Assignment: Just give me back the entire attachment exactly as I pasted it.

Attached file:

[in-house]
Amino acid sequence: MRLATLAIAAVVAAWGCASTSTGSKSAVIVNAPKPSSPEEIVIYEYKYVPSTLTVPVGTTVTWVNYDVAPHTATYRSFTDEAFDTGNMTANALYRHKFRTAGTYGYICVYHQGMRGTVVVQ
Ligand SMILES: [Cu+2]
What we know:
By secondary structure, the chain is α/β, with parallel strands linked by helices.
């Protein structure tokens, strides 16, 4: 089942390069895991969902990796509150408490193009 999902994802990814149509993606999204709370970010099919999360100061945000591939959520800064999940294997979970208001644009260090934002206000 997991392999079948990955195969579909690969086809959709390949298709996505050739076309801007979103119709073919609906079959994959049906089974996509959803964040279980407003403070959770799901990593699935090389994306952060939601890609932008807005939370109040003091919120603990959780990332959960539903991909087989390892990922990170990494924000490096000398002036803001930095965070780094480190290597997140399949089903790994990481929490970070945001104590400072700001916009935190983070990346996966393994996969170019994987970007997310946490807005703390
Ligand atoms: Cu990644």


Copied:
[in-house]
Amino acid sequence: MRLATLAIAAVVAAWGCASTSTGSKSAVIVNAPKPSSPEEIVIYEYKYVPSTLTVPVGTTVTWVNYDVAPHTATYRSFTDEAFDTGNMTANALYRHKFRTAGTYGYICVYHQGMRGTVVVQ
Ligand SMILES: [Cu+2]
What we know:
By secondary structure, the chain is α/β, with parallel strands linked by helices.
């Protein structure tokens, strides 16, 4: 089942390069895991969902990796509150408490193009 999902994802990814149509993606999204709370970010099919999360100061945000591939959520800064999940294997979970208001644009260090934002206000 997991392999079948990955195969579909690969086809959709390949298709996505050739076309801007979103119709073919609906079959994959049906089974996509959803964040279980407003403070959770799901990593699935090389994306952060939601890609932008807005939370109040003091919120603990959780990332959960539903991909087989390892990922990170990494924000490096000398002036803001930095965070780094480190290597997140399949089903790994990481929490970070945001104590400072700001916009935190983070990346996966393994996969170019994987970007997310946490807005703390
Ligand atoms: Cu990644």